B N M J & DAD 1953
Jack Kavanagh and his daughters, Nancy, Betty Ann, Mary and Jane(left to right) 1953.

October 3

Jack Kavanagh and several friends attend their first Baltimore Colts game. They are very excited to be at the game, but are disappointed as the home team falls to the Detroit Lions 27-17. Jack has a great time despite the result and will soon become an ardent fan of this team. Though always a baseball fan, he finds a special connection to this Colts franchise. This first year will not be a good one record wise as the team finishes with three wins to nine losses but the fans hardly care as they begin to love these chilly Fall and Winter Sundays of football.

October 5

The Yankees beat the Brooklyn Dodgers again in the World Series. It’s a repeat of last year except it only takes New York six games this time. Just like last year, Eddie and Jack’s loyalty is split with Eddie pulling for the Yanks and his son rooting for Roy Campanella’s Dodgers. They watch games four and five together over the weekend while sharing a beer. It’s an exciting series with offensive highlights from both teams. In game six, Brooklyn rallies from two behind in the top of the ninth to tie the game at three but in the home half of the inning, second baseman Billy Martin lines a single up the middle to send right fielder Hank Bauer scampering home with the game-winning and series-winning run. Martin records twelve hits to lead the Yanks to their record setting fifth World Series Championship in a row. The Kavanagh’s love every minute of it but are more excited about the prospect of having their own team in the league next year.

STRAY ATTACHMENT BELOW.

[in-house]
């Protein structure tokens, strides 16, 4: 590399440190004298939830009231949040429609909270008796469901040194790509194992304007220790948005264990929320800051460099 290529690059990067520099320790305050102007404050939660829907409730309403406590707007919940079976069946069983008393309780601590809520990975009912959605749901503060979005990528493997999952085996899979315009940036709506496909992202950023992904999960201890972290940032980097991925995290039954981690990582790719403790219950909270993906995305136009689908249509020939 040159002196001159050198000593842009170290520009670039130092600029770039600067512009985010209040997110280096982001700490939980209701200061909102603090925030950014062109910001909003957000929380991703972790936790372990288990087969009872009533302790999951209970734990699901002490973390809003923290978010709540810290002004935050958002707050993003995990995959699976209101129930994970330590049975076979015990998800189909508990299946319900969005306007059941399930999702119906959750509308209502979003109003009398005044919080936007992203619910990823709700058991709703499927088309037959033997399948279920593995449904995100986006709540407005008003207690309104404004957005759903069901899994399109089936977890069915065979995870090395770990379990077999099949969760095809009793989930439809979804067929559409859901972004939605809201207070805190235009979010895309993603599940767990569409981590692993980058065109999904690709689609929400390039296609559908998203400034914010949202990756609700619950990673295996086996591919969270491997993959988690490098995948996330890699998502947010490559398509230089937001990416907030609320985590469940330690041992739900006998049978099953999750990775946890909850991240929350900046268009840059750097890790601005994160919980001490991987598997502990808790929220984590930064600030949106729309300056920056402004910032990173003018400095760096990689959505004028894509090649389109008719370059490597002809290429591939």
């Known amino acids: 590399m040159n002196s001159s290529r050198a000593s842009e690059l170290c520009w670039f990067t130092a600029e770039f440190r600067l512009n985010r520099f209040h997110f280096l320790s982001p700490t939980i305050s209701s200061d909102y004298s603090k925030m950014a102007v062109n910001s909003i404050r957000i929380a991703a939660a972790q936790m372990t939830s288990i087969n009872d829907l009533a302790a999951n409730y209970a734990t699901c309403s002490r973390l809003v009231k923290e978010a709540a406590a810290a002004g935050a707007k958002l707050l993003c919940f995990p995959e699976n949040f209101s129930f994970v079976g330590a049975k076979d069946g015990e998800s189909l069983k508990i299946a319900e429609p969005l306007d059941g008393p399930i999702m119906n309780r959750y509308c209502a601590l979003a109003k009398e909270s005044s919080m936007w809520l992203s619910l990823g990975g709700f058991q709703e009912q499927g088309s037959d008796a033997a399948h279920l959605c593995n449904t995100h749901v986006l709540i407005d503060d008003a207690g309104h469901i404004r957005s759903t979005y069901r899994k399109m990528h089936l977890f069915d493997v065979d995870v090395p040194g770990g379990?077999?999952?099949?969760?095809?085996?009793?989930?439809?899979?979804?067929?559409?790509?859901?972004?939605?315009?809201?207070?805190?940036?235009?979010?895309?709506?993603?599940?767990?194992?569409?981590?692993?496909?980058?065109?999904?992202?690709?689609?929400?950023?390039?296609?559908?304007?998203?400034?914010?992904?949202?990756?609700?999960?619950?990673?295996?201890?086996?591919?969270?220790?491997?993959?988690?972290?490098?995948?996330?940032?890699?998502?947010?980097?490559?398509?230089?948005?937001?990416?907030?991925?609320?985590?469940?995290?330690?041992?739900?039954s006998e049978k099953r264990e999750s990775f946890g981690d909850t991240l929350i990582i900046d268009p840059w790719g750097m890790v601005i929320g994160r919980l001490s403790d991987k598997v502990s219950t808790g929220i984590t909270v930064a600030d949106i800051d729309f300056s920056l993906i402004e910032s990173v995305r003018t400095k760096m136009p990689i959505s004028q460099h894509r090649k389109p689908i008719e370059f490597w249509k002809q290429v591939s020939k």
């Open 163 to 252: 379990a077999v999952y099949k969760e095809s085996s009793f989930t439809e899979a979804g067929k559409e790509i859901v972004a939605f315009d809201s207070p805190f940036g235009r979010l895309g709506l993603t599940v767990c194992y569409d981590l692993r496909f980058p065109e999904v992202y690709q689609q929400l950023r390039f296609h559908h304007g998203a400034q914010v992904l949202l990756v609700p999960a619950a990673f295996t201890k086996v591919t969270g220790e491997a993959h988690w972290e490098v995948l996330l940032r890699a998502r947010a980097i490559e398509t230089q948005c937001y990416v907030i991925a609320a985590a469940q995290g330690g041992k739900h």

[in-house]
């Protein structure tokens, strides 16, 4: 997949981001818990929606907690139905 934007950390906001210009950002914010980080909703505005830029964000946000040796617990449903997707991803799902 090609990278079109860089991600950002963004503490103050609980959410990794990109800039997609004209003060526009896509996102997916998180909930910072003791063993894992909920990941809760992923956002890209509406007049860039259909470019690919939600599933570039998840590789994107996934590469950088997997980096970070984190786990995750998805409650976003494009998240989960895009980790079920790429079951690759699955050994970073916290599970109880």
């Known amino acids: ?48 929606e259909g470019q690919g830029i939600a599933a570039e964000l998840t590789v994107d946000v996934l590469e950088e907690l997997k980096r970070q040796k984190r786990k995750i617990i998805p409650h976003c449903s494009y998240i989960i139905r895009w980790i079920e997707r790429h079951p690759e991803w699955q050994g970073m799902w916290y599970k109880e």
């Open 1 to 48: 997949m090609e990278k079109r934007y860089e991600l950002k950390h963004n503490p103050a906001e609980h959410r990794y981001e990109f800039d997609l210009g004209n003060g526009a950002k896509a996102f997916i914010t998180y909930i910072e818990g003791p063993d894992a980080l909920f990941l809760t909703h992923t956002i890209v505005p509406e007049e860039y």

October 22

Eureka Coppersmiths & Plumbing Company orders some steel u-bolts from the Shop. These are annealed just as copper is but you have to do the bending while it’s still very hot, cherry red. Eureka doesn’t bend steel but the crew at Central Avenue are well trained in using heat and working with steel whenever necessary. The rod is clamped down and then the torch is put on them until they are red. Next, the piece is pulled over a round die while the heat is still on them. For good bending with steel, it’s best to keep the torch on it as you work it, a hot job, for sure, but on a cool October day, a torch is a welcome tool to have in hand.

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The Shop’s job book entry. Eureka Coppersmith & Plumbing Co. job. October 22, 1953.